'WOFFORD BROS. DRY-GOODS CO. V. SMITH-M'CORD DRY-GOODS 00.
defect in the platforin, and the defect was the proximate cause of the accident. The action of the trial court was in accord with the decision of this court in Railway Co. v. Craig, 37 U. S. App. 654, 19 C. O. A. 631, and 73 Fed. 642. In that case plaintiff was a switchman, who had been injured while attempting to uncouple two cars by !:laving his foot caught in an unblocked frog, and the liability sought to be imposed on the company was based on its failUre to comply with the. statute requiring it to block all frogs. The proper construction of the statute made contributory negligence of the injured person a defense to his recovery for its Violation. The trial court charged the jury that, if he did not know that the frog was unblocked, his negligence in going between the cars when moving at a too rapid rate of speed could not contribute to the accident, because itoould not be the proximate cause thereof, but the defective frog must be such proximate cause, and that alone. The case was reversed on the ground that under such circumstances the question of proximate cause should have been left to the jury. This is the course whIch the judge at the circuit took in the case at bar. He left to the jury to decide whether it was the negligence on the part of the plaintiff in crossing before the engine which proximately caused the accident, or in the fact that his foot was caught in the hole. No other errors appear in the record, and the judgment of the court below is affirmed.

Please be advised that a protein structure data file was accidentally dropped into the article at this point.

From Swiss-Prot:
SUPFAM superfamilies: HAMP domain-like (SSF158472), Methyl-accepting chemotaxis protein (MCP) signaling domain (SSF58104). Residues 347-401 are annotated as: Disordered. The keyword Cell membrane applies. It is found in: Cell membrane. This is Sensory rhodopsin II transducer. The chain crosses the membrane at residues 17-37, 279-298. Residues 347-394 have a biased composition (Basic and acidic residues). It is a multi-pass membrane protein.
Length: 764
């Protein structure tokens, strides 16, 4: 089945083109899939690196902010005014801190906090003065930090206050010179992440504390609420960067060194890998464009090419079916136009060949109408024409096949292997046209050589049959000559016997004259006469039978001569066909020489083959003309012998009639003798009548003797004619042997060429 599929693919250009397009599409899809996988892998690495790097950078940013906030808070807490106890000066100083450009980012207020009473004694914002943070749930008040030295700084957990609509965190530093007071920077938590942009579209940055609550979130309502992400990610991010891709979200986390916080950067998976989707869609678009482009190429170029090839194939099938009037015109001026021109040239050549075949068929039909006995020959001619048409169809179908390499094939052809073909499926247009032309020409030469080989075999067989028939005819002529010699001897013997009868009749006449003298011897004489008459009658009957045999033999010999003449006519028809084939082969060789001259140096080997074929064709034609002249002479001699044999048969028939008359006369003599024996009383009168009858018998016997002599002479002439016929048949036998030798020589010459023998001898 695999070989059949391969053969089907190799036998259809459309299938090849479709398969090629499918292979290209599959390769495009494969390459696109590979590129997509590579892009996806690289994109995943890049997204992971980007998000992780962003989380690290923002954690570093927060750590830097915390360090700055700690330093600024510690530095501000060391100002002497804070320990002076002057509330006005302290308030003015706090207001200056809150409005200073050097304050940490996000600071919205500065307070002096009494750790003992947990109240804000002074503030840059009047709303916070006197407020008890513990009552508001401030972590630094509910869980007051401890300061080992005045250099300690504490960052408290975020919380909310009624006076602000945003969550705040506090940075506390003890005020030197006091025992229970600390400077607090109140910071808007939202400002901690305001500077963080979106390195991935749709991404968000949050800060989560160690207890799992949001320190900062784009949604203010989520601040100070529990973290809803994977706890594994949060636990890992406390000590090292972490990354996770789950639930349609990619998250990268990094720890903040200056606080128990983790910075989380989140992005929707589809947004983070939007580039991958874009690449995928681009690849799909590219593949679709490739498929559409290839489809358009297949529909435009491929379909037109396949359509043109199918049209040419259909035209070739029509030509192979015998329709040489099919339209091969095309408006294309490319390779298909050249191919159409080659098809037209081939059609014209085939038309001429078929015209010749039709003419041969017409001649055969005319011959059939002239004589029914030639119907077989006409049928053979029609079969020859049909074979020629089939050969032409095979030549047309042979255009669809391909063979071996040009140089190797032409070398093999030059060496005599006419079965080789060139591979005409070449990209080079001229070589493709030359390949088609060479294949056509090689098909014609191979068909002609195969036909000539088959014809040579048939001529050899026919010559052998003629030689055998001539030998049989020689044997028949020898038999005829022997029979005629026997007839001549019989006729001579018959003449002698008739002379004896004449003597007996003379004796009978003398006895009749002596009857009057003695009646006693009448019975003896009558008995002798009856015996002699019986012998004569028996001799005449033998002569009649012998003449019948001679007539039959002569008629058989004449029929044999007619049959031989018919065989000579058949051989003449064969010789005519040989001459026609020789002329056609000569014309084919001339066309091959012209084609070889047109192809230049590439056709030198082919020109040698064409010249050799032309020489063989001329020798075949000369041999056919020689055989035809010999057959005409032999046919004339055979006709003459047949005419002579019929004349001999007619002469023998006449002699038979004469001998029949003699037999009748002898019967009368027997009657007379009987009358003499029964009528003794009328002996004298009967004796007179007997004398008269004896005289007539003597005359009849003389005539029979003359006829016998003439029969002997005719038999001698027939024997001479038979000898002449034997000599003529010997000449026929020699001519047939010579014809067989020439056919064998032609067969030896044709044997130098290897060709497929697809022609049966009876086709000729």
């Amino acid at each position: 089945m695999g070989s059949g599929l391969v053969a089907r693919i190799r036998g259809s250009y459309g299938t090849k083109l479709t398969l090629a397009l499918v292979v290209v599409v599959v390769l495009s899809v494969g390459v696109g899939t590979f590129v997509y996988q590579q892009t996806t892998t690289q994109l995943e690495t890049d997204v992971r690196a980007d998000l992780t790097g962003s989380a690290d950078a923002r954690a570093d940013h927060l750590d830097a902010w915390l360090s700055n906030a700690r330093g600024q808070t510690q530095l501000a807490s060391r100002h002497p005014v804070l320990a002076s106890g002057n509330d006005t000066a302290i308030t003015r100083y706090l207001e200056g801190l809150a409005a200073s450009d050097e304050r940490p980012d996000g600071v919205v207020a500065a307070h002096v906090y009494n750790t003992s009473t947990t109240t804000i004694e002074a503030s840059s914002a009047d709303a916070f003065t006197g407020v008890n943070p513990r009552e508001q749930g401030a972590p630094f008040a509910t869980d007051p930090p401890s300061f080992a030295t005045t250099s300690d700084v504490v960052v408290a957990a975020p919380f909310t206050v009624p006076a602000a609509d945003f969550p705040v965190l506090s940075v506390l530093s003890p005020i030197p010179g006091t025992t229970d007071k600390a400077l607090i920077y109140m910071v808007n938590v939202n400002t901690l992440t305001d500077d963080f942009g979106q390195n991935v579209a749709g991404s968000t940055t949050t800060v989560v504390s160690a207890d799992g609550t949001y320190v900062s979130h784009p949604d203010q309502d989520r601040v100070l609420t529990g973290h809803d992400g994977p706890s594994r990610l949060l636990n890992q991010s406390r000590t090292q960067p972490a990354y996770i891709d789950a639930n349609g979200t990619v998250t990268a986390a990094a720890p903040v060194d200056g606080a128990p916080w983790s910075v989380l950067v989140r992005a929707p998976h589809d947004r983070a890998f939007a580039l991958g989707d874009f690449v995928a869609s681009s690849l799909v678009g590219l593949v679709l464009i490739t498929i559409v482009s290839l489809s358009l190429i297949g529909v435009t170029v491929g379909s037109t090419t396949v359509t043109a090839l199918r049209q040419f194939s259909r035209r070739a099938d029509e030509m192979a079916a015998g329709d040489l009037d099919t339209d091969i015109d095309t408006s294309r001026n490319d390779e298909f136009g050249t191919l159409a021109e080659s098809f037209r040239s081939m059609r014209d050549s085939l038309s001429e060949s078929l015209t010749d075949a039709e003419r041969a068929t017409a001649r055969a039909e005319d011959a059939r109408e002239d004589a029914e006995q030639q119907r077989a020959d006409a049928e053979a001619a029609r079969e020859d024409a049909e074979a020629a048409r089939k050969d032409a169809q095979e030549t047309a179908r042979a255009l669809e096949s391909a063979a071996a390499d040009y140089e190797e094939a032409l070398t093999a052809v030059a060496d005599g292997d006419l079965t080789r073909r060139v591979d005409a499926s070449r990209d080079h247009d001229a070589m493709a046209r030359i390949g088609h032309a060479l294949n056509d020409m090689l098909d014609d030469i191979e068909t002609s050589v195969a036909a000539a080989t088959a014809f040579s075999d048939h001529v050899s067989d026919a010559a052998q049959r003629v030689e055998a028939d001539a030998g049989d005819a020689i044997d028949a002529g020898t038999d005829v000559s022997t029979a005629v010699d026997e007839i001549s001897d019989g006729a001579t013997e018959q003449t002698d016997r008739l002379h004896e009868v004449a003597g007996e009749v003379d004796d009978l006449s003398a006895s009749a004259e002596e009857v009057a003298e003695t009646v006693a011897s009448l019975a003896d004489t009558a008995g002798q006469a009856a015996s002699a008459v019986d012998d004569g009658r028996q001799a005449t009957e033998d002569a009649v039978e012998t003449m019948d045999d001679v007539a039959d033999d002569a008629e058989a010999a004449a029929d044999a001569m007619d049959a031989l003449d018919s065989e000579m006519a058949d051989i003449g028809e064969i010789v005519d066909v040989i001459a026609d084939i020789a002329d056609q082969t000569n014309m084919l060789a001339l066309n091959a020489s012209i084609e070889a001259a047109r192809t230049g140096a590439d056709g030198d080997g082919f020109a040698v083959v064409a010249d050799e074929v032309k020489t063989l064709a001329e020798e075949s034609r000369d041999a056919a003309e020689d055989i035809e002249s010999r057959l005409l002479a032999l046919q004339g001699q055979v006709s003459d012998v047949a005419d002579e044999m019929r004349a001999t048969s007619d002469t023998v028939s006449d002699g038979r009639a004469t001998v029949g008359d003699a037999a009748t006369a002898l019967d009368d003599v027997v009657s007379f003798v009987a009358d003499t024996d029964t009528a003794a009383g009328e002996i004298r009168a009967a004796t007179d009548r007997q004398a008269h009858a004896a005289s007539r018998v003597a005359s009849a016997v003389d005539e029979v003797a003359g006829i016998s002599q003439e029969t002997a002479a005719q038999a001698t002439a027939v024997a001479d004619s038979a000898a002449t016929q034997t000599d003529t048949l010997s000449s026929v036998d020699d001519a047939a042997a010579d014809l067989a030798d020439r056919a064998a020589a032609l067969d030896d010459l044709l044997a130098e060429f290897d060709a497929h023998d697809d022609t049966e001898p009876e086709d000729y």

SWOFFORD BROS. DRY-GOODS CO. et at v. SMITH-McCORD DRYGOODS CO. (Circuit Court ot Appeals, Eighth Circuit.
February 7, 1898.)
CLAIM: OF ATTACHED PnOPERTy-ADMISSIONS BY INTERPLEADERS-PROOF OF ATTACHMENT LIEN.
Where claimants under a chattel mortgage allege in their interplea that the mortgaged property has been levied on by the marshal, under a writ of attachment Issued In the suit in which the interplea Is filed, and admit in the progress of the trial that the attached property and that which they claim Is the same, it Is not necessary, on the trial of the interplea, for the attaching creditor to offer in evidence the record in the attachment suit to show that he has secured a lien on the property.
CORRECTION OF VERDICT AF'rEH DISCHAUGE OF JURY.
Where the verdict is. responsive to the issues, and clearly discloses the intention of the jury, the court may correct it in mere matters of form and detail, after the discharge of the jury.
GROUND OF MOTION QUESTIONS
MOTION FOR PEREMPTORY INSTRUCTION RAISED.
IDxceptioD to the overruling of a motion by mortgagees for a peremptory Instrnction in their favor, on the ground that plaintiff in attachment has failed to show any title to or' lien UPOli the mortgaged property, does not raise the question of the sufficiency of the evidence to justify SUbmitting to the jury the question as to whether mortgagees had participated In alleged fraud at the mortgagor in the execution of the mortgage. The question whether a mortgagee has so far participated in an alleged scheme of the mortgagor to defraud his creditors as to render the mortgage invalid as to them is generally so dependent for its solution upon Inferences 85F.-27
1l'IORTGAGEE'S PARTICIPATIoN IN MORTGAGOR'S